My girlfriend and I have been together for over two years, but for the past few months we have had lots of arguments. She is too dependent on me financially, getting and losing jobs all the time.
A few weeks ago, after a big argument, I told her I wanted to break up and that she should go to stay with her sister or a friend. She did, but has also come back to get things and wants to see me and convince me to keep her. I let her stay for a few days and then again we had a fight because she is jealous that I communicate with my ex-girlfriend. I told her to leave again.
She called me later that night saying she had taken a lot of pills and was going to die. After two hours, she finally told me where she was and I went there to help her. I told her that she can’t come back [to mine] to live. I talked to her sister and mother, to tell them that she needs some help. But again she called me in the night saying she was dying of an overdose. Again I went to find her because I was so afraid she would die and I couldn’t live with that. I really don’t know what to do.
Yes, of course you are scared. When someone tells us they will commit suicide and that we are the only one who can save them, we feel both scared and trapped. Your (ex) girlfriend is emotionally unstable and it is difficult to predict what she will do. So you are torn between leaving her and rescuing her. You have done a lot of things right in the way that you have handled it so far, but you can see that to continue rescuing her is really being manipulated in a way that doesn’t result in an outcome you can live with.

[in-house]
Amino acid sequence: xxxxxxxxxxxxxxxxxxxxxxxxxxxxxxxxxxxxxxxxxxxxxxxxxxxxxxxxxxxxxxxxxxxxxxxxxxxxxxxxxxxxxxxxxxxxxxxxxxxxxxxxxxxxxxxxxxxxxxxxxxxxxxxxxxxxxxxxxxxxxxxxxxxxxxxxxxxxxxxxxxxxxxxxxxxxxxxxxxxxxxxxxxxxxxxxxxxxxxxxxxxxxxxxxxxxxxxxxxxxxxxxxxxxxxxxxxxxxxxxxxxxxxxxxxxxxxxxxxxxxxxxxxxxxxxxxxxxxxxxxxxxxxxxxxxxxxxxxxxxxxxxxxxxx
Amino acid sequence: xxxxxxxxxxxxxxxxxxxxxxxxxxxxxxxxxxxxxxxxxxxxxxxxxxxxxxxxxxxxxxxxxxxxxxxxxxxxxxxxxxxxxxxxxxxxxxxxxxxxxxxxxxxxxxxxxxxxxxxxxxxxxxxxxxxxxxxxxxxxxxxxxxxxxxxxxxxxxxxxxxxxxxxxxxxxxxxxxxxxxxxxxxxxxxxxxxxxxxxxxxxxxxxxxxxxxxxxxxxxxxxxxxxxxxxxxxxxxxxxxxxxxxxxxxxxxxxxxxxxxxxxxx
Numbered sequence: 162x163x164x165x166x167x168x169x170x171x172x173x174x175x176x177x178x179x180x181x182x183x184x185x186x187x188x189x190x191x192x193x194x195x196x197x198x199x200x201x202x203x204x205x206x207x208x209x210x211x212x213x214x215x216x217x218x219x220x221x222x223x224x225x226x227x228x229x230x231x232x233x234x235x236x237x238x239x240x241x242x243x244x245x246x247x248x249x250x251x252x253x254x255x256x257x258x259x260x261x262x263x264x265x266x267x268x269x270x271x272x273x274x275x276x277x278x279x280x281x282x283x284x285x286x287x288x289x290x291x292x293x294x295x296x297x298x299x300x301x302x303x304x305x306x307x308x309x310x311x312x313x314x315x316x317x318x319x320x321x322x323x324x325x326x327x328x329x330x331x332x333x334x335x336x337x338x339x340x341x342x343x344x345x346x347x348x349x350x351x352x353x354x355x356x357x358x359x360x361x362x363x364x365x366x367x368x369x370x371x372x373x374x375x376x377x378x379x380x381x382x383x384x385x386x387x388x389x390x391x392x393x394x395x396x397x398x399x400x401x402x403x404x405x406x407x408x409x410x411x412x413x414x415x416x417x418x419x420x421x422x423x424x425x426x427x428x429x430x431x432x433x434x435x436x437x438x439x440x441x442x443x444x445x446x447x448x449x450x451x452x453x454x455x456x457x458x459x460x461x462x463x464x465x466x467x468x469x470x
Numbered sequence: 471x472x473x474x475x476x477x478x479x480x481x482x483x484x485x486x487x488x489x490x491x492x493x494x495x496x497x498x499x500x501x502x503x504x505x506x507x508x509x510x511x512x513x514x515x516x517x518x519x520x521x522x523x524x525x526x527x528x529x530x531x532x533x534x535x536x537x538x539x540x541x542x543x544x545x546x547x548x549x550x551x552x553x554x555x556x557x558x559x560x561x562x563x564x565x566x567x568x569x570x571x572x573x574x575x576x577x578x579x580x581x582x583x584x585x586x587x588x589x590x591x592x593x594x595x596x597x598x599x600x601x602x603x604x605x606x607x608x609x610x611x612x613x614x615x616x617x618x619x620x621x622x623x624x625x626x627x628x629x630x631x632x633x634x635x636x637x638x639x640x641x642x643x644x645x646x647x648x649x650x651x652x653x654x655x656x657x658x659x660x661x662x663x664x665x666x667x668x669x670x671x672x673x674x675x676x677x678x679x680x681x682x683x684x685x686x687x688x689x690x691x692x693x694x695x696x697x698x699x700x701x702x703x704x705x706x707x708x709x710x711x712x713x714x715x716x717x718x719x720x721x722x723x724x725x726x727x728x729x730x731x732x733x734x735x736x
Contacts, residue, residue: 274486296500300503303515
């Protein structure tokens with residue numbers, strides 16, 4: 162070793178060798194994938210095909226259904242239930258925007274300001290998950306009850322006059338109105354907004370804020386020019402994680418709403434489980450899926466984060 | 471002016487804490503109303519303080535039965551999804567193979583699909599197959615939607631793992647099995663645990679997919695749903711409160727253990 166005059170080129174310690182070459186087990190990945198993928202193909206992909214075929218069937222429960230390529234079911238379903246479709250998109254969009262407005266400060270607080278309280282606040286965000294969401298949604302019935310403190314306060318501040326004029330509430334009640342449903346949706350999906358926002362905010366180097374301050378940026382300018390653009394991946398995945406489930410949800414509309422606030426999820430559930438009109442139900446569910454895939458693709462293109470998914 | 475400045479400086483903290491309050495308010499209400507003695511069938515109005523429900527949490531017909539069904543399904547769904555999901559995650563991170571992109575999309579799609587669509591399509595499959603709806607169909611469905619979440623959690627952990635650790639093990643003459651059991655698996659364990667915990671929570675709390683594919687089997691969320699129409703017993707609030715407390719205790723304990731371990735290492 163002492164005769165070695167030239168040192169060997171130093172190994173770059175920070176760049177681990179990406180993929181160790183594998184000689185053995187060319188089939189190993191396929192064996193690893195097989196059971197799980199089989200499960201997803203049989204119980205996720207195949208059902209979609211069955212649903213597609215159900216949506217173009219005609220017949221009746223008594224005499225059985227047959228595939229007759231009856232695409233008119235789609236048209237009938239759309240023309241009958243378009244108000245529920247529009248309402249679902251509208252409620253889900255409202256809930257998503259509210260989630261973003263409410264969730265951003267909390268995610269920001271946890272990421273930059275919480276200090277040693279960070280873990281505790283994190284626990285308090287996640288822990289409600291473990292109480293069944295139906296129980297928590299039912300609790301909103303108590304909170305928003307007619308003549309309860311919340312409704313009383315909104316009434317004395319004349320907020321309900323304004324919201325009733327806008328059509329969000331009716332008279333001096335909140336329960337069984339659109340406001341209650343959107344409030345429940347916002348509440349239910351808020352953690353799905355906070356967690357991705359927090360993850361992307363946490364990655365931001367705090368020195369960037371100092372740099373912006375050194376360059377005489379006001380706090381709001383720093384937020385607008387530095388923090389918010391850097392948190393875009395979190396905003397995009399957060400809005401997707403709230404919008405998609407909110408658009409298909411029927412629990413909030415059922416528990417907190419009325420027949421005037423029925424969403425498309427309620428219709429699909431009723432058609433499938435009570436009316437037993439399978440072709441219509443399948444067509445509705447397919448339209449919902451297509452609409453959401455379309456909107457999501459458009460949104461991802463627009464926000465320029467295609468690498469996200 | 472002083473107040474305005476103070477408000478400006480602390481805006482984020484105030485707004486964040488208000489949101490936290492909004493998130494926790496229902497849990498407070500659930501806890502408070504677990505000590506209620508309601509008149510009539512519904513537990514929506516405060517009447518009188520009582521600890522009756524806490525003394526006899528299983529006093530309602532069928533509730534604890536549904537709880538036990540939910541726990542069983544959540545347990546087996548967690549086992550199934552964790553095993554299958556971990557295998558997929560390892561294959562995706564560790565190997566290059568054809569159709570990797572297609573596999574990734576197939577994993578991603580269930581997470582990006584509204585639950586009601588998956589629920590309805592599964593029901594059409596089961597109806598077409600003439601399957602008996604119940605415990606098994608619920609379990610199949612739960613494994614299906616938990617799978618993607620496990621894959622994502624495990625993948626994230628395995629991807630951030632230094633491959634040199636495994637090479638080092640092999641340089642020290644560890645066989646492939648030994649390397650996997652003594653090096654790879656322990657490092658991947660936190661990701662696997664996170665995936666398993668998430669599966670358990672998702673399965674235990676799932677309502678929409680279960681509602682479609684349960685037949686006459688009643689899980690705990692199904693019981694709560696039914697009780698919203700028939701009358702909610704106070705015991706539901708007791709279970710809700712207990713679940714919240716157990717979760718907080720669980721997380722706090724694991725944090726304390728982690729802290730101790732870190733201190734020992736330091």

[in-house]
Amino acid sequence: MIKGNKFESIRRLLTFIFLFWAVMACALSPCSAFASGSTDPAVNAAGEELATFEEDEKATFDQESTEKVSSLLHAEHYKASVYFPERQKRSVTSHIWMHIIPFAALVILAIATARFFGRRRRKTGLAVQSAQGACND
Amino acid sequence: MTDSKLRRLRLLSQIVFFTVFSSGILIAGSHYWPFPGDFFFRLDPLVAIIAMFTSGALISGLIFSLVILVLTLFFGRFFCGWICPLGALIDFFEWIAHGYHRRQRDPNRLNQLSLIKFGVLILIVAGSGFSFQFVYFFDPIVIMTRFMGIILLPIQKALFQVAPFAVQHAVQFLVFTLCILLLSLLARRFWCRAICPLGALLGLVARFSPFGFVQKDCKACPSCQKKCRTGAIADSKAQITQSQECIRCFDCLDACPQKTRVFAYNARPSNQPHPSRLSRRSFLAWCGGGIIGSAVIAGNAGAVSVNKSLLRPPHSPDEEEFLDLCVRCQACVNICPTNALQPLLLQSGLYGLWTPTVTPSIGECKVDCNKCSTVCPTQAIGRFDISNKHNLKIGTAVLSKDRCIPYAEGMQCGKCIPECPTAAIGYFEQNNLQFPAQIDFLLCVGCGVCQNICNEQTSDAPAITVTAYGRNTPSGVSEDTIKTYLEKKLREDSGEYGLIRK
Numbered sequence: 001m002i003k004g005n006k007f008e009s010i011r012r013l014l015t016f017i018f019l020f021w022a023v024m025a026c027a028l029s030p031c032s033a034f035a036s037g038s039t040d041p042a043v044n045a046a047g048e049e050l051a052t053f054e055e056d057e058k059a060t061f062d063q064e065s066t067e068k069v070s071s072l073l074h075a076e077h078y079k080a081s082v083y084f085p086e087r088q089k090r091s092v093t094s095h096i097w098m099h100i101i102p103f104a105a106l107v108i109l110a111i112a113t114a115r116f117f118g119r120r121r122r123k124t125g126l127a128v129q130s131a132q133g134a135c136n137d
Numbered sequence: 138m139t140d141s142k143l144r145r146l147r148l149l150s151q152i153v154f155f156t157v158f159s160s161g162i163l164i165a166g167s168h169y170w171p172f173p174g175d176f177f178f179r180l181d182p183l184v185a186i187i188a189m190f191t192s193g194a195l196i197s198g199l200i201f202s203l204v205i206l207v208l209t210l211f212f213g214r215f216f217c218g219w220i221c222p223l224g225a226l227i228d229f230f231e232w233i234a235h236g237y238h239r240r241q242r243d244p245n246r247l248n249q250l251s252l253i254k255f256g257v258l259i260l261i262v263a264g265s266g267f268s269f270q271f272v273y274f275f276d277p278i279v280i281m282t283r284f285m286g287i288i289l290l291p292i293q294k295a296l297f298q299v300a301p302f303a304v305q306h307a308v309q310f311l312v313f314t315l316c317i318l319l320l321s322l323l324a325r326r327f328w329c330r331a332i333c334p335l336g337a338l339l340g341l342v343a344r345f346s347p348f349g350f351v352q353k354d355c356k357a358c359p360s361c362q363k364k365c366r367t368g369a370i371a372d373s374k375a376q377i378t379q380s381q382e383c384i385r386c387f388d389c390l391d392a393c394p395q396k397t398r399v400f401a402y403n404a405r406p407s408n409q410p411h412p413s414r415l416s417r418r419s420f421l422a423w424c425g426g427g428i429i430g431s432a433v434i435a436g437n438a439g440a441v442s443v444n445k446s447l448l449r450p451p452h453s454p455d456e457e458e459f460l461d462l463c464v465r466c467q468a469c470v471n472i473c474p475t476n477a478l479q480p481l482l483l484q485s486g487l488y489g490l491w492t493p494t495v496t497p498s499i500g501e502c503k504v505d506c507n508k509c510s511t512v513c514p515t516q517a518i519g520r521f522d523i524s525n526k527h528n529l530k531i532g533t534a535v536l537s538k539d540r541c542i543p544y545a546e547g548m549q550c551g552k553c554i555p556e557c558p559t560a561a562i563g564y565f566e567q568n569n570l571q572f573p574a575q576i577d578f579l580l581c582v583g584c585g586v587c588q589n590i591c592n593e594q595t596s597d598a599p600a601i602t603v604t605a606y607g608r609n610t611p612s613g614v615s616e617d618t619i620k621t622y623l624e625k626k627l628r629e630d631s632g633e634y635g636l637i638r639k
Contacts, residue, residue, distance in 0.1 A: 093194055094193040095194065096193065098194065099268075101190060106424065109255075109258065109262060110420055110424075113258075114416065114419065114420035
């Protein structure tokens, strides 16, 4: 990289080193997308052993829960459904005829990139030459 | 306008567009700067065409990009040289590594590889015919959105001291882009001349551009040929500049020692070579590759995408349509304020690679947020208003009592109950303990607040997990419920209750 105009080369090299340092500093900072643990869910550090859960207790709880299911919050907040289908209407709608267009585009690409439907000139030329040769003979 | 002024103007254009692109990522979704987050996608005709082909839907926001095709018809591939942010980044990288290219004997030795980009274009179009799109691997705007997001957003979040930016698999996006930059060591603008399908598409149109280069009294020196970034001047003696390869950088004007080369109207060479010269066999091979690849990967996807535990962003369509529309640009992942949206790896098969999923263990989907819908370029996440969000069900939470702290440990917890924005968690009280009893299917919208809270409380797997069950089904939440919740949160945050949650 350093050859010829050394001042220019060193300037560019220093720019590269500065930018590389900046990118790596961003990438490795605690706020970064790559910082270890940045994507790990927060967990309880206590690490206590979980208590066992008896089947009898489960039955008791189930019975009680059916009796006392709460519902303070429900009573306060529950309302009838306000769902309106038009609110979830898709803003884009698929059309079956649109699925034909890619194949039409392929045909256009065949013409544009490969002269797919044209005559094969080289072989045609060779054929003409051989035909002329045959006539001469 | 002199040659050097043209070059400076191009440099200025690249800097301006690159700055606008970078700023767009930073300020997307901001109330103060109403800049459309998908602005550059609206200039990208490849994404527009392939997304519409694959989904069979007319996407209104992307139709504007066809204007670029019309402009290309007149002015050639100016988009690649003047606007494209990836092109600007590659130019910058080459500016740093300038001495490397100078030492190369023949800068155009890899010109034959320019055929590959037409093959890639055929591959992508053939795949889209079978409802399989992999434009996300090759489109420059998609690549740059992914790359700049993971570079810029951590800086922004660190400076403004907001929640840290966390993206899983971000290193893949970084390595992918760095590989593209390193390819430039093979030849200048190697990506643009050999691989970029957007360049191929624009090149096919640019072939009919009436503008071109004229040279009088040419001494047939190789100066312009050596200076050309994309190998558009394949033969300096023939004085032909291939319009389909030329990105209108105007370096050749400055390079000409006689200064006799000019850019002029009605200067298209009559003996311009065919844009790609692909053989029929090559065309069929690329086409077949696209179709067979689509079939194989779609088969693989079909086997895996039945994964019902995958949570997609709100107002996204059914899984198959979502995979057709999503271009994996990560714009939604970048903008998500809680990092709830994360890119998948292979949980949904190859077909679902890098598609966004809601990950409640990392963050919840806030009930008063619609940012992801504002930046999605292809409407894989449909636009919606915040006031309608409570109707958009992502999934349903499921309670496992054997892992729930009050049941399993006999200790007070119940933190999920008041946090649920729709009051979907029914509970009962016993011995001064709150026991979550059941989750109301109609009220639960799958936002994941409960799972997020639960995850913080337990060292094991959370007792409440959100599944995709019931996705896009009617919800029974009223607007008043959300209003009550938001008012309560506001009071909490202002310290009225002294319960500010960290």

Suicides occur because people are in emotional pain and cannot imagine a way to feel better. This creates a sense of helplessness and hopelessness. Most often, when a person does feel better the desire to die goes away. It appears that your former girlfriend is in intense emotional pain and hasn’t yet accepted the fact that your relationship has failed. Right now her only method of feeling better is when you show her you care about her, which runs counter to the message to her that you no longer feel like the relationship you have is working and sustainable.
While breakups are almost always difficult — and undesired breakups even more so — we know that the emotional pain goes away with time and with acceptance. At this point it might be helpful to continue to involve her family or other friends and to let her know that threatening suicide will not be a successful way for her to sustain your relationship. While I am sure it is difficult to say, you must let her know that her decision to live or die is hers to make and that there are many ways that she can get help to feel better.
Let her know the healthy ways that you will support her, while maintaining the boundaries that allow you to make decisions that are right for you. Continue to set limits and reduce the time and availability you have for her. Believe that she will adapt and adjust to being broken up, and it will help her to believe it too.
This is undoubtedly painful and difficult for you, so it is important to take care of your own wellbeing, with healthy coping methods (sleeping, eating, exercise, spending time with friends), rather than unhealthy ones (drinking, smoking, letting yourself go). It is better to stay calm and consistent, than to swing between passivity and anger.